If you want to get a job done, I would recommend none better than the organizers of the hour of darkness that drew so many participants from far and wide. They could have stayed home and flicked off a few switches – the easy way to join the 152 countries of the world that mark the Hour on March 23. But they didn’t do that.
Jenny Zhang is an incredible woman who seems to be able to conjure up crowds with little effort when, in fact, as any organizer knows, it takes months of work to plan. Even then, a robust crowd is never assured.
The Chinese Canadians for the Environment (CCEA) committee and its youth contingent, “Green Ambassadors”, worked for two months to assemble this night’s hive of attendees for their Earth Hour Concert ‘Unplugged’.
Alex and I arrived to warm greetings and smiles. Jane Xu, editor of greenlifeweekly.com, welcomes us at the door. She is typical of the professional people who volunteer with CCEA to make an environmental difference.
At 8:30-ish, they dim the lights to a Cantonese countdown after tiny, single blue and red LED lights had been distributed into all waiting hands.
As the room went dark, a gasp, a thrill, one moment of awe as the coloured lights punctuate the near blackness save for the glow of our faintly lit stage.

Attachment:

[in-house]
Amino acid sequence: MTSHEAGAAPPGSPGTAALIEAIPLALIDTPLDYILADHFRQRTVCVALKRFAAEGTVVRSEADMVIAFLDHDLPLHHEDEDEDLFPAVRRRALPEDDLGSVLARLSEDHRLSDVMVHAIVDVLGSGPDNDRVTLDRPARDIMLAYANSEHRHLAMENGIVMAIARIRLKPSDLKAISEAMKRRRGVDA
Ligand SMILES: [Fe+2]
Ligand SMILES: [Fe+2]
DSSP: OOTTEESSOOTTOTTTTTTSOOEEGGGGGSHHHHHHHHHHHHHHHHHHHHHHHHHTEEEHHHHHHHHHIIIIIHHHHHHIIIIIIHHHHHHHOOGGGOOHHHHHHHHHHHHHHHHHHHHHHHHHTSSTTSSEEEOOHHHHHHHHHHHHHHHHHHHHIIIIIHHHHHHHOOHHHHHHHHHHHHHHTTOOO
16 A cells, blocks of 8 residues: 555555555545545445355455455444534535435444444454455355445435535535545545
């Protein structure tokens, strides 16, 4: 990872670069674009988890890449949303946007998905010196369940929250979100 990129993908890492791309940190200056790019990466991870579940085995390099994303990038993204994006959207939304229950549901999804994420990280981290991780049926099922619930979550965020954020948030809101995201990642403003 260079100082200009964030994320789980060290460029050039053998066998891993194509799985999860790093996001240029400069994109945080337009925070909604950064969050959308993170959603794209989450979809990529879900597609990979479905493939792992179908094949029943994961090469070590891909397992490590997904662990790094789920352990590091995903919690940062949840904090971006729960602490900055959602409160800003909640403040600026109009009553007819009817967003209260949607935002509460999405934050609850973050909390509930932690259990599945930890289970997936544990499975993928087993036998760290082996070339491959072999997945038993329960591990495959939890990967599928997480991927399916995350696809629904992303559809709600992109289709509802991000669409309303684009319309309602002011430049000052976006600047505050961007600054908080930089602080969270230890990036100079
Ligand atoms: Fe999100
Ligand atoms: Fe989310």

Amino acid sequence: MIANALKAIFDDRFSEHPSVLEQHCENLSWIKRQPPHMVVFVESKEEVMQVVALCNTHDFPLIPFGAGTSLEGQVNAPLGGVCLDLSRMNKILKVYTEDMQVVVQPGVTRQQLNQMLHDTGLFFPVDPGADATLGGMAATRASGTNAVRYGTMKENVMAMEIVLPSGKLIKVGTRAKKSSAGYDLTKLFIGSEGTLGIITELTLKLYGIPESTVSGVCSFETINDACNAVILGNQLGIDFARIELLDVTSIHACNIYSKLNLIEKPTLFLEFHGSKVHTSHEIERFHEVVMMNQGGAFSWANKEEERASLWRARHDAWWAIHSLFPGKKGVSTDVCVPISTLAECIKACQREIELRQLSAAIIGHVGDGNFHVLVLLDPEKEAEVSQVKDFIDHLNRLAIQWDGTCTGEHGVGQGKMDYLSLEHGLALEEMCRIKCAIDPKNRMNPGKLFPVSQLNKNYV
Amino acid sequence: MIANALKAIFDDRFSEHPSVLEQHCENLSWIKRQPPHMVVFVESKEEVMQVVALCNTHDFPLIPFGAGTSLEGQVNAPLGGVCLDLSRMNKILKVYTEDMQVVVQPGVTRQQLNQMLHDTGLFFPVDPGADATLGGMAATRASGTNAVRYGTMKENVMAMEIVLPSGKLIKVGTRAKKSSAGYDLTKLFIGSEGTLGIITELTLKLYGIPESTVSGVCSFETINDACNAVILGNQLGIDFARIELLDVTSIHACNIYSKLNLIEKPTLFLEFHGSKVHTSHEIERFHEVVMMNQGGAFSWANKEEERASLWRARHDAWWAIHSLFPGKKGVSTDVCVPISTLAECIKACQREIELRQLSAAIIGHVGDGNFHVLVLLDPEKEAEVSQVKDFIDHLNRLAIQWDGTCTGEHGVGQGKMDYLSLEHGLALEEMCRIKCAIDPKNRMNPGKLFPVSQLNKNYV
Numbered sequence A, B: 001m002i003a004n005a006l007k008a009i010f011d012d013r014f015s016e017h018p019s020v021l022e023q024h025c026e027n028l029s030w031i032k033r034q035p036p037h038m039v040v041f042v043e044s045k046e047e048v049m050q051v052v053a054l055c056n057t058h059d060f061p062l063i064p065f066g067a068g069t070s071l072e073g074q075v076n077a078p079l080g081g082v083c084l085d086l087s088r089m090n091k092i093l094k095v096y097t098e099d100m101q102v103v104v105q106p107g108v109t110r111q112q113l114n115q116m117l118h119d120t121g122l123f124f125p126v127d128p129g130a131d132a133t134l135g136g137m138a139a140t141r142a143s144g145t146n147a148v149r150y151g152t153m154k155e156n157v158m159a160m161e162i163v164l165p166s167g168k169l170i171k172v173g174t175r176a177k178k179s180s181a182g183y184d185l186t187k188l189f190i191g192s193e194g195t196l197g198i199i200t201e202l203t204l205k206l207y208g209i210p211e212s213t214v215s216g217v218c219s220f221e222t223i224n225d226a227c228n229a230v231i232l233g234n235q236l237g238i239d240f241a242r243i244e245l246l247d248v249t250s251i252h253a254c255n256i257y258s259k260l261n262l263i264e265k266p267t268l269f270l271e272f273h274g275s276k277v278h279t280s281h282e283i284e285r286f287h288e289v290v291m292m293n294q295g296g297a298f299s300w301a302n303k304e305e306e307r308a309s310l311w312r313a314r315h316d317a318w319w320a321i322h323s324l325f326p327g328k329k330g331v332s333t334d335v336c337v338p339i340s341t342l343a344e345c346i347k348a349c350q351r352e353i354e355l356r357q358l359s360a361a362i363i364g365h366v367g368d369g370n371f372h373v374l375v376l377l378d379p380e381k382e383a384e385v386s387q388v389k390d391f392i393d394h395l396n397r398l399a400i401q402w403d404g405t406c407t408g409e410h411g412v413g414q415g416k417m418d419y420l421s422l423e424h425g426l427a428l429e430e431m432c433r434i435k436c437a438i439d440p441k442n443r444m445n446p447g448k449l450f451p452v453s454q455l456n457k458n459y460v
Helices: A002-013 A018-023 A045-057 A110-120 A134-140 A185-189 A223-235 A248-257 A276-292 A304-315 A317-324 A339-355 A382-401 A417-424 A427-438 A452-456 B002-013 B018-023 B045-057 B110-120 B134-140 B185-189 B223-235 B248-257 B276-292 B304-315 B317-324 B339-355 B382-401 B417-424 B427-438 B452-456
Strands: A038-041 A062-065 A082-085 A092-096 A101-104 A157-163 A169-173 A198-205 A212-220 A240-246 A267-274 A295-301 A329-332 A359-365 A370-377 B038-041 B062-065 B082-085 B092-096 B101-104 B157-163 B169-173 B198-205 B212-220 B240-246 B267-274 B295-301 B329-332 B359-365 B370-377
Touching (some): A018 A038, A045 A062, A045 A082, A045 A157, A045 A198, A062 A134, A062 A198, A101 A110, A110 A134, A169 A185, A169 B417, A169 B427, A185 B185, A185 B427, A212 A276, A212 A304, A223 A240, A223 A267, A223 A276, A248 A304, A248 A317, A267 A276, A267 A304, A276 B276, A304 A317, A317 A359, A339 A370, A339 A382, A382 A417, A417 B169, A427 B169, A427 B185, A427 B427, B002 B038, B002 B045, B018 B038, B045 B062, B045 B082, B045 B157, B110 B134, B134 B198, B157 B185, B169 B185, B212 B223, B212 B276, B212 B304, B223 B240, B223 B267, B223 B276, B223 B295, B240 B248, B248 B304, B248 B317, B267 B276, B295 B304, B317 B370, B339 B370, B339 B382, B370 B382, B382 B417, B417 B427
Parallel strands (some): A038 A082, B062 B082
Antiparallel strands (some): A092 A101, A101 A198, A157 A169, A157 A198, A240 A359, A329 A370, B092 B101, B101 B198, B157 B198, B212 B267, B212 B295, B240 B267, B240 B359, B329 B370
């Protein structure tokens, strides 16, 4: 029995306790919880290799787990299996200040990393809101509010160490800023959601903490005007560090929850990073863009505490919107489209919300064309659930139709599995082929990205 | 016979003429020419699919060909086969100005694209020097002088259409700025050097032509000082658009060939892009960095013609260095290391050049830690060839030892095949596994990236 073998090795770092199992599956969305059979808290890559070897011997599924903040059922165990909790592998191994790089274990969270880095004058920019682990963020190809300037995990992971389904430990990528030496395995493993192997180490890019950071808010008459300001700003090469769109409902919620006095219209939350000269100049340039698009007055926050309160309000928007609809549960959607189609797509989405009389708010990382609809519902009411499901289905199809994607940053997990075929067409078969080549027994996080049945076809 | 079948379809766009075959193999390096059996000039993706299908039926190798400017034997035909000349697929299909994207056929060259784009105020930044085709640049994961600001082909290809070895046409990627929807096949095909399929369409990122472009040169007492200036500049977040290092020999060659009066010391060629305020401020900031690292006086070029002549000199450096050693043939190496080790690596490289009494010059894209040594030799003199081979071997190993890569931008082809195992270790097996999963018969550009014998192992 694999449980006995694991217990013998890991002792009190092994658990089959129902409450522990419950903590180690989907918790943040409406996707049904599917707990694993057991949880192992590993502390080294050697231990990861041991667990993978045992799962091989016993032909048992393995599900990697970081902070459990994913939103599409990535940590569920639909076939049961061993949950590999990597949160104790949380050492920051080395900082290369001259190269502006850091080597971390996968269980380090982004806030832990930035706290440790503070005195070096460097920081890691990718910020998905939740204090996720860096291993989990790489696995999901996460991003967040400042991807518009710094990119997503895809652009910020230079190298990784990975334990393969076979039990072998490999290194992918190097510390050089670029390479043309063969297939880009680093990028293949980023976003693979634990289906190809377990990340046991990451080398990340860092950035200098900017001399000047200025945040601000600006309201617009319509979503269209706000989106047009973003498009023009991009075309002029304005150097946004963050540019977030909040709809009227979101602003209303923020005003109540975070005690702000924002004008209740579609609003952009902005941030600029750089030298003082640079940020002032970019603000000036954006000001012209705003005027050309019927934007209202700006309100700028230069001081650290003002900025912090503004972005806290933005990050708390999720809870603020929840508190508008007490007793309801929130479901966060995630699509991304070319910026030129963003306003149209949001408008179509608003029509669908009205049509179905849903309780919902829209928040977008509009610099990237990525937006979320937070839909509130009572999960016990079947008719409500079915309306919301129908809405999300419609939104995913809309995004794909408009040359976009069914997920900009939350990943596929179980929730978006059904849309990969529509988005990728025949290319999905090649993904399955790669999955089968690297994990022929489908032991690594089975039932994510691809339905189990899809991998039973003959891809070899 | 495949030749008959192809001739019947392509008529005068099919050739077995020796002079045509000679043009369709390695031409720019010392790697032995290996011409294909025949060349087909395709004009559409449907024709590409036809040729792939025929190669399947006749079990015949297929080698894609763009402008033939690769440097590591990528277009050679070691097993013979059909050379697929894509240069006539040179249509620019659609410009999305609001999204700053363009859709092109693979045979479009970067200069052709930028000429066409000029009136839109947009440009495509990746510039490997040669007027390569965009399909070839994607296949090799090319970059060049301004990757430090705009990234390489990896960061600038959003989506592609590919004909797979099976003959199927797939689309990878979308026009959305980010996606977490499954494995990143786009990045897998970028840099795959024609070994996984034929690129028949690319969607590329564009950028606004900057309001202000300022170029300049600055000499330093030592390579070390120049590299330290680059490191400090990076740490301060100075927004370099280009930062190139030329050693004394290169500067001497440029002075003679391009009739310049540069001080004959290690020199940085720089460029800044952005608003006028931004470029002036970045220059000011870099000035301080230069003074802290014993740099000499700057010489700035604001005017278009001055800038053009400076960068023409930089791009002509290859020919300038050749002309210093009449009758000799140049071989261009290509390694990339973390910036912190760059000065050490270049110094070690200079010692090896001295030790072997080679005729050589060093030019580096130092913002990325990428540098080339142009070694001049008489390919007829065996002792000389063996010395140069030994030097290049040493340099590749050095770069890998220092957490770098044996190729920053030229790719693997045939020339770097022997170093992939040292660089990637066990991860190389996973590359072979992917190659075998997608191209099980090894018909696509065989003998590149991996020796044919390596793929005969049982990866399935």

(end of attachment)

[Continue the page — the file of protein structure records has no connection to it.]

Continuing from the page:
The concert programme features a variety of Chinese performers, modern and traditional instruments and styles and is peppered with the talents of young people. We’re up next. With the aid of a translator our act is explained and introduced. The moment of truth – is this big Chinese crowd ready to have fun singing about not littering?
There was a palpable elevation of spirits and a total connection with the spectators: curiosity and delight. Yes, they were involved. Yes, they were enlivened. And while English may not be their first language, or may not be spoken at all, they are happy, they participate and they understand and appreciate.
Apart from ‘gong hay fat choy’, I know two words of Chinese lingo – ‘hello’ and ‘thank you’.
There’s something uniquely special about the power of song and its ability to communicate messages. Nothing was lost in translation.